how to water plants

If climate change scientists are correct, UK gardeners will have to learn to cope with more frequent weather extremes in future. The scorching summer of 2018, for example, was the joint hottest for the UK, along with 2006, 2003, and the infamous drought of 1976. In fact, climate change made 2018’s heatwave around 30 times more likely than it would have been under normal conditions, according to the Met Office.

If you’re reading this and saying “but it often rains all summer in Britain,” you’d be right. A Royal Horticultural Society report, Gardening in a Changing Climate, predicted “more frequent and intense rainfall events, in combination with rising temperatures”.

The key to gardens surviving in an increasingly unpredictable climate is to create a water-efficient garden by harvesting rainwater when a deluge comes, watering your garden wisely when the mercury rises and choosing plants that tolerate dry spells.

Here’s our guide to creating a water-efficient garden that’ll stand a better chance of thriving when rain stays away.

Learn the art of ‘smart watering’

We’ve all done it – grabbed the hose and given the garden a good soaking. But drenching entire borders is a waste of water and an expensive mistake if you’re on a metered supply.

Effective watering needs to be carried out first thing in the morning or just before dusk, when temperatures are lower and plants can absorb moisture before it evaporates. Watering in the heat of the day risks foliage being scorched by strong sunlight.

There’s also no need to flood the whole border. Aim the stream directly at the base of the plant, allow it to soak into the soil, then repeat. Unless the weather is boiling, don’t be tempted to water borders every day, as plants will become lazy and won’t bother putting roots deep into the soil to seek out underground moisture reserves.

To avoid watering becoming a chore, lay soaker hose – pipe that contains thousands of tiny holes – around thirsty plants and crops. Turn the tap on once or twice a day, for a short period, and water will be delivered exactly where it’s needed. If you’re going away, invest in a timer to switch the outdoor supply to the soaker hose on and off – there are even mobile phone apps that allow you to operate your watering from anywhere in the world!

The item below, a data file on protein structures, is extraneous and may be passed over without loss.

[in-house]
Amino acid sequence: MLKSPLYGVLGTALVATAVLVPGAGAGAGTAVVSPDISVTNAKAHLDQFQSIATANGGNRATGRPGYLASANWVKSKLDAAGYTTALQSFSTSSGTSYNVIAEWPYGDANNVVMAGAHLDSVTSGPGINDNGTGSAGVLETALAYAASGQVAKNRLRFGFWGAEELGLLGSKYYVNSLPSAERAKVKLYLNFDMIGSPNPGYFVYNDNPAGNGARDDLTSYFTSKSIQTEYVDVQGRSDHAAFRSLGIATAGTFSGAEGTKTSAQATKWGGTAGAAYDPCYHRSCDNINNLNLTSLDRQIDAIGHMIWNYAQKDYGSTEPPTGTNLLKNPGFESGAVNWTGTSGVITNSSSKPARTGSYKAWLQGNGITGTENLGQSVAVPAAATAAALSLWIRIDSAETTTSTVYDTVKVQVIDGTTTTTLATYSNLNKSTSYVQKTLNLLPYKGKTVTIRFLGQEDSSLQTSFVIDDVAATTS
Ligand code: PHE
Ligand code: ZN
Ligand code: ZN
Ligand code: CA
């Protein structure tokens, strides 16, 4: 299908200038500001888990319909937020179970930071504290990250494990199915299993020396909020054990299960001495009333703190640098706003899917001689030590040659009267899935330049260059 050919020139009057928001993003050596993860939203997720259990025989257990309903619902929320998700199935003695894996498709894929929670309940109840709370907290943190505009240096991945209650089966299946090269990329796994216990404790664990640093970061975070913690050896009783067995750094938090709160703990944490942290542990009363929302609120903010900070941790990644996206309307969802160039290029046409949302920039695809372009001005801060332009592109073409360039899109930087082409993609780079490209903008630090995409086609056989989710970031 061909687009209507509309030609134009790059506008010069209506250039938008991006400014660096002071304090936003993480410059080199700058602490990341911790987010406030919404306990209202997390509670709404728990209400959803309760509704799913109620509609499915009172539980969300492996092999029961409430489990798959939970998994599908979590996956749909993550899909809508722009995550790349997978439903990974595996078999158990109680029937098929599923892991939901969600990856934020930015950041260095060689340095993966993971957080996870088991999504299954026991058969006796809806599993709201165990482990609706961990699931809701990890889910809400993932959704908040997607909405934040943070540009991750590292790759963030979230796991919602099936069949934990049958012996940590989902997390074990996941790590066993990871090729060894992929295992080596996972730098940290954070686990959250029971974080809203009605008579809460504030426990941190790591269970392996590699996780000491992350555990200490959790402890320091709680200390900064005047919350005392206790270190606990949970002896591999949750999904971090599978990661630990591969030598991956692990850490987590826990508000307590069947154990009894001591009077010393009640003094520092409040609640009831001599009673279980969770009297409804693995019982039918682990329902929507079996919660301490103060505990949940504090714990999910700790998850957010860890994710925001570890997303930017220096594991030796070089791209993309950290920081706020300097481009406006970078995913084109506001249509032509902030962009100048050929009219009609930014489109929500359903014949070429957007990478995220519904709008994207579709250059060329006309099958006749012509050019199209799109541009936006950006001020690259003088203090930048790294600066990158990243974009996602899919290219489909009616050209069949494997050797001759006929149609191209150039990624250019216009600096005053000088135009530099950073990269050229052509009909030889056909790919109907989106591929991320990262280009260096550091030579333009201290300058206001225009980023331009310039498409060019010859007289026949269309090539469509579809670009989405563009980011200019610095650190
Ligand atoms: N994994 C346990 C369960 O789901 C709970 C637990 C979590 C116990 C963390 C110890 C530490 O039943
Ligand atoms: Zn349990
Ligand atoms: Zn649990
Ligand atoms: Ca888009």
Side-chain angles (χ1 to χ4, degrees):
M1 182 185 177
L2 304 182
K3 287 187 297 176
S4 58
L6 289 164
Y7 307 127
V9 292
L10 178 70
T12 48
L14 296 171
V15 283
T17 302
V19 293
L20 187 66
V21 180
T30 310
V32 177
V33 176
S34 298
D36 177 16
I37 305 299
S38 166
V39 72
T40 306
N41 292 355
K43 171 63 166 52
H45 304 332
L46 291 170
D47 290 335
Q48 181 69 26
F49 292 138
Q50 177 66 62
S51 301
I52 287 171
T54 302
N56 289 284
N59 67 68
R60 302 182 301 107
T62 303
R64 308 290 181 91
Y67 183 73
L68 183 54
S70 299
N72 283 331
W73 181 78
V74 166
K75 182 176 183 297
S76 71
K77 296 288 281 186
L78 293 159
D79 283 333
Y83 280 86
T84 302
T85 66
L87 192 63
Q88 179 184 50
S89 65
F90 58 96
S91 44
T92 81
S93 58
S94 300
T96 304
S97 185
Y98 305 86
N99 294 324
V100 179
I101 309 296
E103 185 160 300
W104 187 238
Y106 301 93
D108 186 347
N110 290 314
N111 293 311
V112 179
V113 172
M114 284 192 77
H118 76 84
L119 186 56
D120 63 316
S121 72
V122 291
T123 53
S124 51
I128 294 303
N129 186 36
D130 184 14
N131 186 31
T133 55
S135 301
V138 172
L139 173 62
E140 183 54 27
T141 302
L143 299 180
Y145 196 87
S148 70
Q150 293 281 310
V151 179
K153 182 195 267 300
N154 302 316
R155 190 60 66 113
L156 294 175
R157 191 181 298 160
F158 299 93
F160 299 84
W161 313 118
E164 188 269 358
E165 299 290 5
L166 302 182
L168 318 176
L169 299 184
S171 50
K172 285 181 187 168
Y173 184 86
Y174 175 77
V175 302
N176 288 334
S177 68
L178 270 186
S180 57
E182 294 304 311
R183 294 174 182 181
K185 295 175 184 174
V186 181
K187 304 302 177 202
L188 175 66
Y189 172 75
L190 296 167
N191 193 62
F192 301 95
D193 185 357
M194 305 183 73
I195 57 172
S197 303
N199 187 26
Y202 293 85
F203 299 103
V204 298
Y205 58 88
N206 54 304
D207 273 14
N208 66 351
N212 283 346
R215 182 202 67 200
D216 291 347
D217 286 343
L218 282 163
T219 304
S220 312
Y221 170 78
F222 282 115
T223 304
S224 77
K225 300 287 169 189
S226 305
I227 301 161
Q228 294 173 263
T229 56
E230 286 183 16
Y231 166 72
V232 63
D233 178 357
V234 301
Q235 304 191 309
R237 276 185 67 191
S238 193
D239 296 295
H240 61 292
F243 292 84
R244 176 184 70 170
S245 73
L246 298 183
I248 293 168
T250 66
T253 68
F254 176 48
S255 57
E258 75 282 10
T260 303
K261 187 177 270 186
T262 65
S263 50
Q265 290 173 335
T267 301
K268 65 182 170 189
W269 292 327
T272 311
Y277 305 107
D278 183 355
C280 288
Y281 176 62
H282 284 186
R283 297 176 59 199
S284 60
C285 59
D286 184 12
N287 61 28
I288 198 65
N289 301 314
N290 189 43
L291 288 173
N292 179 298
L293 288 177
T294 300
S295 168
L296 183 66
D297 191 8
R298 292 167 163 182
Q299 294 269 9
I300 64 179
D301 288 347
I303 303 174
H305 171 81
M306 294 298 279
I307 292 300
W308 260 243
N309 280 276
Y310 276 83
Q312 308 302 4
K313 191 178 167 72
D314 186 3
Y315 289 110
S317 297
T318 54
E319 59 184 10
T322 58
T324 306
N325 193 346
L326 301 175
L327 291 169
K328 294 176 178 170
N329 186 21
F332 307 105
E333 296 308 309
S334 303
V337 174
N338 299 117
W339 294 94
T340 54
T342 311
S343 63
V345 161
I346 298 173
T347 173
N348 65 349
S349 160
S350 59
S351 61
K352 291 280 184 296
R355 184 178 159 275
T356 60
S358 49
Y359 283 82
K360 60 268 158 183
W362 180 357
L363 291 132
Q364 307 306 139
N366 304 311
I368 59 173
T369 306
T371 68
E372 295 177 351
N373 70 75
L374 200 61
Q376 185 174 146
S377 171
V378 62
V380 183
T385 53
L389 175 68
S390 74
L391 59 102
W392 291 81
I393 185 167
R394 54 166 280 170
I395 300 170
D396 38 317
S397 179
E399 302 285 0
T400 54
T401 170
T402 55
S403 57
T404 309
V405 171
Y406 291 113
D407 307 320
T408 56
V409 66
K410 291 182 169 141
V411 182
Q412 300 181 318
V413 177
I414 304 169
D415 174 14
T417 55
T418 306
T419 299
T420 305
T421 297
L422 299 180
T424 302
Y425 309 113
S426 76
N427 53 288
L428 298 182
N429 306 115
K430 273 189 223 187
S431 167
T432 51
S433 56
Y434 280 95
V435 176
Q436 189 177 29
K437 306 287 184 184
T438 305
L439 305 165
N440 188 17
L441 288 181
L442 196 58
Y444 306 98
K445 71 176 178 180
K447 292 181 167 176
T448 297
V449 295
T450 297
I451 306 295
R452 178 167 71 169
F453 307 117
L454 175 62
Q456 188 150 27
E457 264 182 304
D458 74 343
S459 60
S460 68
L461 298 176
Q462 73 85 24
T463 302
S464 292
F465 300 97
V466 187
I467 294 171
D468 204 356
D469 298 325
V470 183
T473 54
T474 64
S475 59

Remember that only new lawns need to be watered in warm weather. Established grass may turn yellow during dry spells, but usually recovers when autumn rain arrives. It’s also better to raise the lawnmower’s blades, as cutting grass too short leaves it more vulnerable to drought.

Water butts are a wise investment

Size matters when it comes to water butts: buy the biggest capacity butts that your garden can accommodate. The largest usually hold 220 to 250 litres of water, and you’ll be amazed how quickly they fill when the heavens open – and how fast they run dry when you’re watering daily.

It’s worth attaching a butt to every downpipe on your house, using rainwater diverter kits, which are sold by DIY stores and are simple to fit. If you have space, kits are available that allow numerous butts to be linked together, creating a fantastic rainwater reserve.

It’s also worth installing guttering on your shed, greenhouse and garage, and attaching a water butt to each. If space is tight, choose a slimline water butt that will hold around 100 litres.

Not only will rainwater harvesting slash your bill if you’re on a water meter, but it will help your garden to survive if the UK is hit by hosepipe bans during future droughts. Topping-up garden ponds with rainwater from butts is recommended, as chlorinated tap water can upset the natural balance of water.

Create water-wise pots and baskets